For Edison Schools, Inc., April was the cruelest month. Edison, a $1.3 billion corporation that in 2000-01 ran what it counts as 113 schools (some with the same principal under the same roof) enrolling some 57,000 students, is the largest and easily the most visible of the nation’s so-called EMOs, the for-profit Educational Management Organizations operating public schools, and thus the nearest thing to an emblem for the school privatization movement. But this has not been a happy spring for the company. On March 27 the San Francisco school board voted to break Edison’s five-year contract to manage the city’s Edison Charter Academy unless certain conditions were met within 90 days. At almost the same moment, it became clear that Edison wouldn’t get anywhere near the number of parent votes it needed to win the right to run five New York City schools, as it and many of its Wall Street friends had hoped. And that, not surprisingly, accelerated the slide in the company’s stock from a February peak of just over $38 to a fifty-two-week low in mid-April of just under $16.

Nor was that all. In Dallas, where Bill Rojas–the same superintendent who in 1998 had rammed the Edison contract through a divided San Francisco board–had engineered an Edison contract to run seven of that district’s schools, board members were beginning to suspect that under its contract with Edison, the district was paying the company considerably more per student than it was spending for similar students in the schools that it was operating. The district recently estimated that the difference could be running to as much as $20 million a year. (Rojas, fired by Dallas after eleven months on the job, is now working for Advantage Schools, an Edison competitor.)

In Inkster, Michigan, where Edison had contracted to run a troubled four-school district that was on the verge of a state takeover, school board members were complaining about lack of information about the company’s expenses. In nearby Pontiac, where Edison runs the Edison-Perdue Academy, school trustees were talking about ending a contract midstream. And in Goldsboro, North Carolina, the Wayne County school board voted unanimously to terminate Edison’s management of two schools.

For an organization that, in one incarnation or another, has been around for nearly a decade and has yet to make a profit, those were not negligible events. Most of Edison’s schools are, in effect, loss leaders. In an effort to prove itself, Edison has poured resources into the schools it operates–and still it has run into trouble. What happens if–or when–investor pressure forces the company to pare back expenses so it can show a profit?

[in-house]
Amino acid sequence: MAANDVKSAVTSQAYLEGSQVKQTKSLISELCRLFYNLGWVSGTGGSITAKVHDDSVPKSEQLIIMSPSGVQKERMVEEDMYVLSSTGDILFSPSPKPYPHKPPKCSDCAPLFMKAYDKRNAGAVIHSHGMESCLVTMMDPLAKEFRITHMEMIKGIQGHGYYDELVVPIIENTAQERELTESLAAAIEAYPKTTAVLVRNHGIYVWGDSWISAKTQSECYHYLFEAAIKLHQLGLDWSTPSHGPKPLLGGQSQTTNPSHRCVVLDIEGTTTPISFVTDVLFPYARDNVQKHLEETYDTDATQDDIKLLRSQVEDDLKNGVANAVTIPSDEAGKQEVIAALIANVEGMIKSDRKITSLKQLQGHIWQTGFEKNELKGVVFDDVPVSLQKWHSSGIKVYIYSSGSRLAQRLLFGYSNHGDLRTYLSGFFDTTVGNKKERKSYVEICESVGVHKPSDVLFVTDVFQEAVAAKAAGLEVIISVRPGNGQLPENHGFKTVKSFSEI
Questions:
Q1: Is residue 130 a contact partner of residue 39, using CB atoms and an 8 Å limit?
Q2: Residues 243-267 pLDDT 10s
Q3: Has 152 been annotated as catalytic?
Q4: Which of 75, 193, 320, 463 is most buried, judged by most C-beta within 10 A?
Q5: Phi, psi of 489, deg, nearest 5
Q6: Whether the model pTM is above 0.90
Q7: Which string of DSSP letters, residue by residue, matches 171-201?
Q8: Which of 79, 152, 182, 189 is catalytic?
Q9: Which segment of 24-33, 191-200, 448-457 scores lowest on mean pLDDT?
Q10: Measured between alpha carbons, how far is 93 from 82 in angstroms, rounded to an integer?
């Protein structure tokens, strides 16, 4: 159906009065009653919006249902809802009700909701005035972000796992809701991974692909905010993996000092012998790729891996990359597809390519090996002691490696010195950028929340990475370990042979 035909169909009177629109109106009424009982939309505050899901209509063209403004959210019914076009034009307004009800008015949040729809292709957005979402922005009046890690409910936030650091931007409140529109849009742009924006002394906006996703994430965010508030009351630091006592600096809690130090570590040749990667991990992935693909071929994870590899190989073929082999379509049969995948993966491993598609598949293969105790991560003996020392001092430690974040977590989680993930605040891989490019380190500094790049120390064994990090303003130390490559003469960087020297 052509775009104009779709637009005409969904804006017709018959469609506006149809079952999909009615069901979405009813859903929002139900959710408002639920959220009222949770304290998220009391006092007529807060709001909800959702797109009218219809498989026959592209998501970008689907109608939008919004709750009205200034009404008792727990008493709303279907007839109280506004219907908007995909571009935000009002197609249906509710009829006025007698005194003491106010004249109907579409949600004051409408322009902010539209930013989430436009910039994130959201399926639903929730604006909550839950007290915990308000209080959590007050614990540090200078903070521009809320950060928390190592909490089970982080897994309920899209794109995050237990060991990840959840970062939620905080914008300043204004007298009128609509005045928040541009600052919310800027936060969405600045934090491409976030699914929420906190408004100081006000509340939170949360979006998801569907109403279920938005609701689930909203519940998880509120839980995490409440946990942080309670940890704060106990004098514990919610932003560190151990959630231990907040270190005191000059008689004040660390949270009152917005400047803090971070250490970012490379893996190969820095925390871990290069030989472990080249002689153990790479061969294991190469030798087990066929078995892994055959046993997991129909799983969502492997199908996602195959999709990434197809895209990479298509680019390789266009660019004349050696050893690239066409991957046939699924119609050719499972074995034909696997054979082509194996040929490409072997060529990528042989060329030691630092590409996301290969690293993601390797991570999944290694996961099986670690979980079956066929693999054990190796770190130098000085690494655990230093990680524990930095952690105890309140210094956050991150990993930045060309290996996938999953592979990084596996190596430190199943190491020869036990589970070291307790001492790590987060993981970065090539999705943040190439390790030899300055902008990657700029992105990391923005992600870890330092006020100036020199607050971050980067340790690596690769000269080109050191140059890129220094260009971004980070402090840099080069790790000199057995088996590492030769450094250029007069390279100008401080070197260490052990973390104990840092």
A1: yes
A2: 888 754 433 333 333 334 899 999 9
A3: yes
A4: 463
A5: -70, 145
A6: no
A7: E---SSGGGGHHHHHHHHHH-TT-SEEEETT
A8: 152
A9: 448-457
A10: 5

All that being said, it would be a mistake to count Edison out or discount its importance, both as force and symbol, in the nation’s fractious fight over the structure, control and quality of American public schools. Despite its recent setbacks, Edison’s numbers will almost certainly go up in the coming year. Even as it lost the visible fight in New York and as its stock got hammered, the company was announcing new deals in Nevada to run seven Clark County (Las Vegas) schools, a contract for two new schools in Indiana, a deal to manage six of the ten schools in Chester, Pennsylvania, as well as expansions in California, Kansas, Michigan and Ohio. Most significant, Edison is in negotiations to run nine charter schools in Miami in collaboration with the United Teachers of Dade County–the union lamb lying down with the corporate lion. The company’s total “enrollment,” which grew from 37,000 to 57,000 last year, could increase at least as much again by September, and maybe considerably more. By mid-May, a month after it hit that fifty-two-week low of $15.90, Edison stock was back at $24 and Wall Street was buzzing that after the dotcom shakeout, one of the places to go was to the EMOs. The April decline, said an analyst at J.P. Morgan, created “a great opportunity” to buy Edison’s stock. “Political risk is inherent in the K-12 school business,” he said. “In our opinion, the potential rewards outweigh the risks.” Edison may yet go away, but the industry–and the issue–will not.

Underlying Wall Street’s enduring faith–the faith of the industry, investors and certainly the faith of people like Chris Whittle, the supersalesman who created Channel 1, the in-school commercial TV “news” program, and who started Edison and remains its president and CEO–are two unshakable beliefs: (1) that a major shakeup is under way in American education, that the neighborhood school is becoming a thing of the past and that choice, often in privately run schools, is the future; and (2) that through efficiency and smart management, companies like Edison can provide quality education and still make a profit from the same tax dollars and with the same children that public schools have often failed. “Charter schools,” said John Rubino, a Wall Street commentator in a recent analysis of education stocks, “are gaining traction all over the place…. People who like the idea of school choice now control the White House and most state governments…. Add it all up, and you get a $400 billion market that’s ripe for the taking.”